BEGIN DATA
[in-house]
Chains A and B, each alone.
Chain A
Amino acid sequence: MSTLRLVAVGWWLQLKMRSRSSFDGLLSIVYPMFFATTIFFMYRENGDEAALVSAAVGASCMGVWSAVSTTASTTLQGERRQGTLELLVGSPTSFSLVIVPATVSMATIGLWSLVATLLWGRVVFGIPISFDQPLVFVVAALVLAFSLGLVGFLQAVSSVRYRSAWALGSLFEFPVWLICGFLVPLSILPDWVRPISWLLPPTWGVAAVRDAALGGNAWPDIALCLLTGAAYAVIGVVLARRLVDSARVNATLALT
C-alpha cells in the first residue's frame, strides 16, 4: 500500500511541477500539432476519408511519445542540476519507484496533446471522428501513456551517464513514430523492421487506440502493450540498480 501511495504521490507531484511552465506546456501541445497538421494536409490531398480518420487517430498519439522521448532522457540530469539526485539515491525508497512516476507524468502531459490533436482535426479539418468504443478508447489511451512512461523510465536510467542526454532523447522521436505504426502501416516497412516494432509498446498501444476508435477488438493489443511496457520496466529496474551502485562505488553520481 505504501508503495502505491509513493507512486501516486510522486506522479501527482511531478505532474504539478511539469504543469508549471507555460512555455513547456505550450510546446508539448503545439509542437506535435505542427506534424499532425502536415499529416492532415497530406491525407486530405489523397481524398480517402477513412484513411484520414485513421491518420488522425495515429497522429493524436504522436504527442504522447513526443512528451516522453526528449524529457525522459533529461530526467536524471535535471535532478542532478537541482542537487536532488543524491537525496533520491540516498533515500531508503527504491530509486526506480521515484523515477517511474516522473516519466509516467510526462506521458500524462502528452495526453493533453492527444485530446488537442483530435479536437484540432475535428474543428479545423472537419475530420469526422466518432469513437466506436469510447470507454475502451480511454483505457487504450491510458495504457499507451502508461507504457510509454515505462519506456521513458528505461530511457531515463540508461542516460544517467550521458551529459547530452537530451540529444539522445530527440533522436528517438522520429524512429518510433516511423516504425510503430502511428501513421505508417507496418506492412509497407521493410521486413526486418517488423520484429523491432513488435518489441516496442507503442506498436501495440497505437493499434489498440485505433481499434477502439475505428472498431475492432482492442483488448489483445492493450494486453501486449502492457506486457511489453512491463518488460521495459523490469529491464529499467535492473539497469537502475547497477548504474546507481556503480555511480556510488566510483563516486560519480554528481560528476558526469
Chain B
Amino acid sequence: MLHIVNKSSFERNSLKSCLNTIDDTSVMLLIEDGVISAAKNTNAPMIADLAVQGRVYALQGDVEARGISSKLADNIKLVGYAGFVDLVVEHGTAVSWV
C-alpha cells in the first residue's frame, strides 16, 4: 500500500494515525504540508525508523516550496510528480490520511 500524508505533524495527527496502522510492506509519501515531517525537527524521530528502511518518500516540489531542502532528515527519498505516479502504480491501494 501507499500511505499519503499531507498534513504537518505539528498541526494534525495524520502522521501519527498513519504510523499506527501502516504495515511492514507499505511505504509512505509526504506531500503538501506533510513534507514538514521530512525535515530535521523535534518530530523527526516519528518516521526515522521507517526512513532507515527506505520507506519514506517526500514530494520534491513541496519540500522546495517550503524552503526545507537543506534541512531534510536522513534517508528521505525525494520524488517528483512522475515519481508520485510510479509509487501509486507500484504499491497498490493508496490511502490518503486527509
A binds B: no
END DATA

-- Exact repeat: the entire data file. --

[in-house]
Chains A and B, each alone.
Chain A
Amino acid sequence: MSTLRLVAVGWWLQLKMRSRSSFDGLLSIVYPMFFATTIFFMYRENGDEAALVSAAVGASCMGVWSAVSTTASTTLQGERRQGTLELLVGSPTSFSLVIVPATVSMATIGLWSLVATLLWGRVVFGIPISFDQPLVFVVAALVLAFSLGLVGFLQAVSSVRYRSAWALGSLFEFPVWLICGFLVPLSILPDWVRPISWLLPPTWGVAAVRDAALGGNAWPDIALCLLTGAAYAVIGVVLARRLVDSARVNATLALT
C-alpha cells in the first residue's frame, strides 16, 4: 500500500511541477500539432476519408511519445542540476519507484496533446471522428501513456551517464513514430523492421487506440502493450540498480 501511495504521490507531484511552465506546456501541445497538421494536409490531398480518420487517430498519439522521448532522457540530469539526485539515491525508497512516476507524468502531459490533436482535426479539418468504443478508447489511451512512461523510465536510467542526454532523447522521436505504426502501416516497412516494432509498446498501444476508435477488438493489443511496457520496466529496474551502485562505488553520481 505504501508503495502505491509513493507512486501516486510522486506522479501527482511531478505532474504539478511539469504543469508549471507555460512555455513547456505550450510546446508539448503545439509542437506535435505542427506534424499532425502536415499529416492532415497530406491525407486530405489523397481524398480517402477513412484513411484520414485513421491518420488522425495515429497522429493524436504522436504527442504522447513526443512528451516522453526528449524529457525522459533529461530526467536524471535535471535532478542532478537541482542537487536532488543524491537525496533520491540516498533515500531508503527504491530509486526506480521515484523515477517511474516522473516519466509516467510526462506521458500524462502528452495526453493533453492527444485530446488537442483530435479536437484540432475535428474543428479545423472537419475530420469526422466518432469513437466506436469510447470507454475502451480511454483505457487504450491510458495504457499507451502508461507504457510509454515505462519506456521513458528505461530511457531515463540508461542516460544517467550521458551529459547530452537530451540529444539522445530527440533522436528517438522520429524512429518510433516511423516504425510503430502511428501513421505508417507496418506492412509497407521493410521486413526486418517488423520484429523491432513488435518489441516496442507503442506498436501495440497505437493499434489498440485505433481499434477502439475505428472498431475492432482492442483488448489483445492493450494486453501486449502492457506486457511489453512491463518488460521495459523490469529491464529499467535492473539497469537502475547497477548504474546507481556503480555511480556510488566510483563516486560519480554528481560528476558526469
Chain B
Amino acid sequence: MLHIVNKSSFERNSLKSCLNTIDDTSVMLLIEDGVISAAKNTNAPMIADLAVQGRVYALQGDVEARGISSKLADNIKLVGYAGFVDLVVEHGTAVSWV
C-alpha cells in the first residue's frame, strides 16, 4: 500500500494515525504540508525508523516550496510528480490520511 500524508505533524495527527496502522510492506509519501515531517525537527524521530528502511518518500516540489531542502532528515527519498505516479502504480491501494 501507499500511505499519503499531507498534513504537518505539528498541526494534525495524520502522521501519527498513519504510523499506527501502516504495515511492514507499505511505504509512505509526504506531500503538501506533510513534507514538514521530512525535515530535521523535534518530530523527526516519528518516521526515522521507517526512513532507515527506505520507506519514506517526500514530494520534491513541496519540500522546495517550503524552503526545507537543506534541512531534510536522513534517508528521505525525494520524488517528483512522475515519481508520485510510479509509487501509486507500484504499491497498490493508496490511502490518503486527509
A binds B: no